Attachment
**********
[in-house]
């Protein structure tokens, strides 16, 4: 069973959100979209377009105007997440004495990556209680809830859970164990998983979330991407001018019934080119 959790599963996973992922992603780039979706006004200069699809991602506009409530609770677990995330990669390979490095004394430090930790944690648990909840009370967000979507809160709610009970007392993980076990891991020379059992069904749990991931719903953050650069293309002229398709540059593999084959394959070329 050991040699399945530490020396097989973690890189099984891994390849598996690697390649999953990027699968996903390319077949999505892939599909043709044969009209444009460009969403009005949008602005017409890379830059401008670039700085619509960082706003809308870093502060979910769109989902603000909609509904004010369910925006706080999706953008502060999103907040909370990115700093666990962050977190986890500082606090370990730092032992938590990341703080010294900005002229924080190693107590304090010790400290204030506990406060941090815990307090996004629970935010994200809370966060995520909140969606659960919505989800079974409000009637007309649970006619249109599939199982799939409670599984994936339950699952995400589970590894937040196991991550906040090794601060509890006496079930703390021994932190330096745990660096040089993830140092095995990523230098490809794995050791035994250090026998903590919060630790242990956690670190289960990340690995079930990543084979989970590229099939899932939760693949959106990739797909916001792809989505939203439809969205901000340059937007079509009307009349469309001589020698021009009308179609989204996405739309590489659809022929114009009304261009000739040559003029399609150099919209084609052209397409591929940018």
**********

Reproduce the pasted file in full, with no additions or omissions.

[in-house]
């Protein structure tokens, strides 16, 4: 069973959100979209377009105007997440004495990556209680809830859970164990998983979330991407001018019934080119 959790599963996973992922992603780039979706006004200069699809991602506009409530609770677990995330990669390979490095004394430090930790944690648990909840009370967000979507809160709610009970007392993980076990891991020379059992069904749990991931719903953050650069293309002229398709540059593999084959394959070329 050991040699399945530490020396097989973690890189099984891994390849598996690697390649999953990027699968996903390319077949999505892939599909043709044969009209444009460009969403009005949008602005017409890379830059401008670039700085619509960082706003809308870093502060979910769109989902603000909609509904004010369910925006706080999706953008502060999103907040909370990115700093666990962050977190986890500082606090370990730092032992938590990341703080010294900005002229924080190693107590304090010790400290204030506990406060941090815990307090996004629970935010994200809370966060995520909140969606659960919505989800079974409000009637007309649970006619249109599939199982799939409670599984994936339950699952995400589970590894937040196991991550906040090794601060509890006496079930703390021994932190330096745990660096040089993830140092095995990523230098490809794995050791035994250090026998903590919060630790242990956690670190289960990340690995079930990543084979989970590229099939899932939760693949959106990739797909916001792809989505939203439809969205901000340059937007079509009307009349469309001589020698021009009308179609989204996405739309590489659809022929114009009304261009000739040559003029399609150099919209084609052209397409591929940018």